One of the most popular presentations at our annual meetings is on grain marketing.
This year, two top-notch specialists will share their insight as we hear from Ed Duggan of Top Third Ag Marketing and Tommy Grisafi of Advance Trading.
Duggan said many farmers will be tempted to pay elevators to store their grain until commodity prices rebound but he doesn’t think that’s a good idea.
“We don’t believe in storing grain. We’ve always believed at Top Third that storing grain is a losing game. If you’re storing on the farm, that’s different–you have the bins,” he said. “But to pay for commercial storage is not a winning play. We’d much rather have guys sell the crop, just spend 10-12 cents, which is probably cheaper than what you’re going to pay to store the grain, and look to re-own those bushels in case we do get a run on the prices.”
When Duggan comes to Sioux Falls to share his expertise, he’ll bring along more than 30 years of experience. He joined Top Third Ag Marketing in 2007 as director of operations after spending more 21 years on the grain floor at the Chicago Board of Trade. He was grain floor manager for LFG, LLC from 1992-2000 and floor manager at Iowa Grain Company from 2000-2007, where he was introduced to Mark Gold and his risk management program. Duggan went to work for Top Third, and after eight years he transitioned into his current role as senior risk management specialist.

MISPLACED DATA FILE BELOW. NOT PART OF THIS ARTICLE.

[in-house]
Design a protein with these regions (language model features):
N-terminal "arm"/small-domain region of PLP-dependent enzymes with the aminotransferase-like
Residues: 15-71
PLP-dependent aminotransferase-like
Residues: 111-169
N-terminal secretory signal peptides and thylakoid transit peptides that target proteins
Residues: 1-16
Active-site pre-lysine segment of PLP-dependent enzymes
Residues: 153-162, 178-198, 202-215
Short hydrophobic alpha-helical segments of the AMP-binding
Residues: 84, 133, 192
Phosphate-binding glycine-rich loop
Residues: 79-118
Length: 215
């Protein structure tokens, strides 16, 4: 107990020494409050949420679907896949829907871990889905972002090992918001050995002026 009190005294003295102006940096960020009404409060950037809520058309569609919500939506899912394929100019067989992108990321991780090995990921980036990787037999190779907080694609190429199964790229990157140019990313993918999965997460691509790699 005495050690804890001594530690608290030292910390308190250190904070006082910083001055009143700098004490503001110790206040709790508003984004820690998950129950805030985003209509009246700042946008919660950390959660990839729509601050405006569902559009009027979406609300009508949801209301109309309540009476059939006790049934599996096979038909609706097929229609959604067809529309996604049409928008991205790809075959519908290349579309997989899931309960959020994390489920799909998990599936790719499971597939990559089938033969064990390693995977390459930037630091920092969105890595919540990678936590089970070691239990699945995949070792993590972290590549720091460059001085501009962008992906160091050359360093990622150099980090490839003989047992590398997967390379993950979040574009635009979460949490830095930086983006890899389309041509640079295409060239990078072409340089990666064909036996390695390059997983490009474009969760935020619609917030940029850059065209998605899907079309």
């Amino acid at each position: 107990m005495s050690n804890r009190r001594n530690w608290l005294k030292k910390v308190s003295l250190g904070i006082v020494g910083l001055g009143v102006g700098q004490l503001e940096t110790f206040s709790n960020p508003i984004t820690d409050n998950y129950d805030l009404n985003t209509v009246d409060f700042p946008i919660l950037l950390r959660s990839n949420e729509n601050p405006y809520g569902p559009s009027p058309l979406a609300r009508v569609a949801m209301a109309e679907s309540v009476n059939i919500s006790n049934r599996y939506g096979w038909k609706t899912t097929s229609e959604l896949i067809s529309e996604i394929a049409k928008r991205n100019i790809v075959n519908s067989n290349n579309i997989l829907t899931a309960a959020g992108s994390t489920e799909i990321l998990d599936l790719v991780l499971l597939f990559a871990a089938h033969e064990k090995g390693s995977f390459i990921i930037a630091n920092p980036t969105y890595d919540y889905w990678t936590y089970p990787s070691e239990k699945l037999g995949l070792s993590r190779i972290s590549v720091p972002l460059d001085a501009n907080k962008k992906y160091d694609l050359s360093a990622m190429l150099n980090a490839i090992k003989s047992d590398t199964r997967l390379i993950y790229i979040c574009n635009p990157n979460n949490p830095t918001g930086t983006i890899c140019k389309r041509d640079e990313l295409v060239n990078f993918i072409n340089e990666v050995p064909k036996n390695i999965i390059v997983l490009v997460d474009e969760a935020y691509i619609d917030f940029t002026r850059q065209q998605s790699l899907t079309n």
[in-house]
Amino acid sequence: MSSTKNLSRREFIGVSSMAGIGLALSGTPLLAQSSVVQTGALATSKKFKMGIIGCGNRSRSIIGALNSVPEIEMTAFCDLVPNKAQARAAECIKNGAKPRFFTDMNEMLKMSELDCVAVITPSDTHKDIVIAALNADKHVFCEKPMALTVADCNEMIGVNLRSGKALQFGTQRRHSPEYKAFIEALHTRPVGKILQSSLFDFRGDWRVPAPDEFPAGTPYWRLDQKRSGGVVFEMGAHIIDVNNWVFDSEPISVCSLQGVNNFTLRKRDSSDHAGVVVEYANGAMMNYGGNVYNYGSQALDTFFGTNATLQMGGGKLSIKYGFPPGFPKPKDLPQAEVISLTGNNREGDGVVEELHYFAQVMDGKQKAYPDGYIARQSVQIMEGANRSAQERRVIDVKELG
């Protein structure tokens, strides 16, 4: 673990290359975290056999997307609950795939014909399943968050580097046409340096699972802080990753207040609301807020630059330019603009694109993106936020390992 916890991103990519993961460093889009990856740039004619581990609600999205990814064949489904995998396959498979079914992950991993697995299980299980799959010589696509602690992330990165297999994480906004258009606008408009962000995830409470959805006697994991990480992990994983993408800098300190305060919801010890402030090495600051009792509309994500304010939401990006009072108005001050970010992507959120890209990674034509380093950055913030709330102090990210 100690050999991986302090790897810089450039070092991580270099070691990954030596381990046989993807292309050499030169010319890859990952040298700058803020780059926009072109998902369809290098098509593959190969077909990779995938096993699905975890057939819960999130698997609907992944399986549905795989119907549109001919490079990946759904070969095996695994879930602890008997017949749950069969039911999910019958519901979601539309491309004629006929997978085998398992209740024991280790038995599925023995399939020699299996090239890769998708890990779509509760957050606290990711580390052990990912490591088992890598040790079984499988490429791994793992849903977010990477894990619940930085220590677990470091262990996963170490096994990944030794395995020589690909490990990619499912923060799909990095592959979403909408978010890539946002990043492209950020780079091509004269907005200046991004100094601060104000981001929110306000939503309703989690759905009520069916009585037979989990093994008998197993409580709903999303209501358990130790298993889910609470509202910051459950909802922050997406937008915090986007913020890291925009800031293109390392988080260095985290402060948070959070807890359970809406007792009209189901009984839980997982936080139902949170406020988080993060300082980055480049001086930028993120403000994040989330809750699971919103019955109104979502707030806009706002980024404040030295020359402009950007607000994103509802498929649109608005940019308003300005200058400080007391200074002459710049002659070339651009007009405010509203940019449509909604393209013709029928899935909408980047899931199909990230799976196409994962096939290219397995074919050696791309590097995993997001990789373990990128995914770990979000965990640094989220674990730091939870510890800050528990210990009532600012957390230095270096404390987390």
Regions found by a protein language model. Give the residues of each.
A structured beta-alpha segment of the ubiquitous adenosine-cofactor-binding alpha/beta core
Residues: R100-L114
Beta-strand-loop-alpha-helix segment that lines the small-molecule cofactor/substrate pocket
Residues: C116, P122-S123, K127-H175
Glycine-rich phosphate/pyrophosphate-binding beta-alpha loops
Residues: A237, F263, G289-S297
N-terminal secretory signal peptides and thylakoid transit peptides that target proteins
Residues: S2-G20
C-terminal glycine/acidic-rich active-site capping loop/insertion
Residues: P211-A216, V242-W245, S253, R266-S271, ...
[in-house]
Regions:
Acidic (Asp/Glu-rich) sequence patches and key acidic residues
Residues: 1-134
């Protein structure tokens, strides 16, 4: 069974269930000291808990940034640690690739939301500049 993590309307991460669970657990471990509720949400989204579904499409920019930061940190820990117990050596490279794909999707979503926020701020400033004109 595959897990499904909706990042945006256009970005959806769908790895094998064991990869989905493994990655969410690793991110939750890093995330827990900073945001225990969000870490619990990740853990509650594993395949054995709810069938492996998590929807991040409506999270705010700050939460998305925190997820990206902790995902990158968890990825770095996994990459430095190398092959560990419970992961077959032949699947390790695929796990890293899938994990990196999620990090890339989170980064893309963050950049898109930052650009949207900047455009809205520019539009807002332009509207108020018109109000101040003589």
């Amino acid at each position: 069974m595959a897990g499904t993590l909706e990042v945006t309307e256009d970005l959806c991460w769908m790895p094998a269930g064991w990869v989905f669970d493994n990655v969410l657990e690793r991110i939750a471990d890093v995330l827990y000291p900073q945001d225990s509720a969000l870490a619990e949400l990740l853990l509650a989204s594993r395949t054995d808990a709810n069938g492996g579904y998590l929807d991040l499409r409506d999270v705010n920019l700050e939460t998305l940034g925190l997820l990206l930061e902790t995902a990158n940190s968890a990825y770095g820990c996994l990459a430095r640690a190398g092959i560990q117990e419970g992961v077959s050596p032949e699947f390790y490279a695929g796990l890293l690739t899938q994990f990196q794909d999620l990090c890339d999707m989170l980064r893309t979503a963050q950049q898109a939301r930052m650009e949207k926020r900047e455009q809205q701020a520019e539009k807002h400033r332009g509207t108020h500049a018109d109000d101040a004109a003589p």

Many farmers will recognize Grisafi from his guest appearances on U.S. Farm Report and Ag Day television programs. One of the many topics he expects to address is how to be better prepared to deal with price swings.
Grisafi, a commodity risk management adviser at Advance Trading in Valparaiso, Ind., developed interest in managing risk in 1990 when he attended a class field trip to the Chicago Board of Trade during high school.
He became a recognized member of the the Chicago Board of Trade and CME group on his 21st birthday and has maintained this status for 24 years. In addition to his position as an ag risk management consultant and an independent trader, he also operates “Ag Squawk,” a weekly round-table discussion among ag industry leaders and enjoys public speaking at farm meetings and events.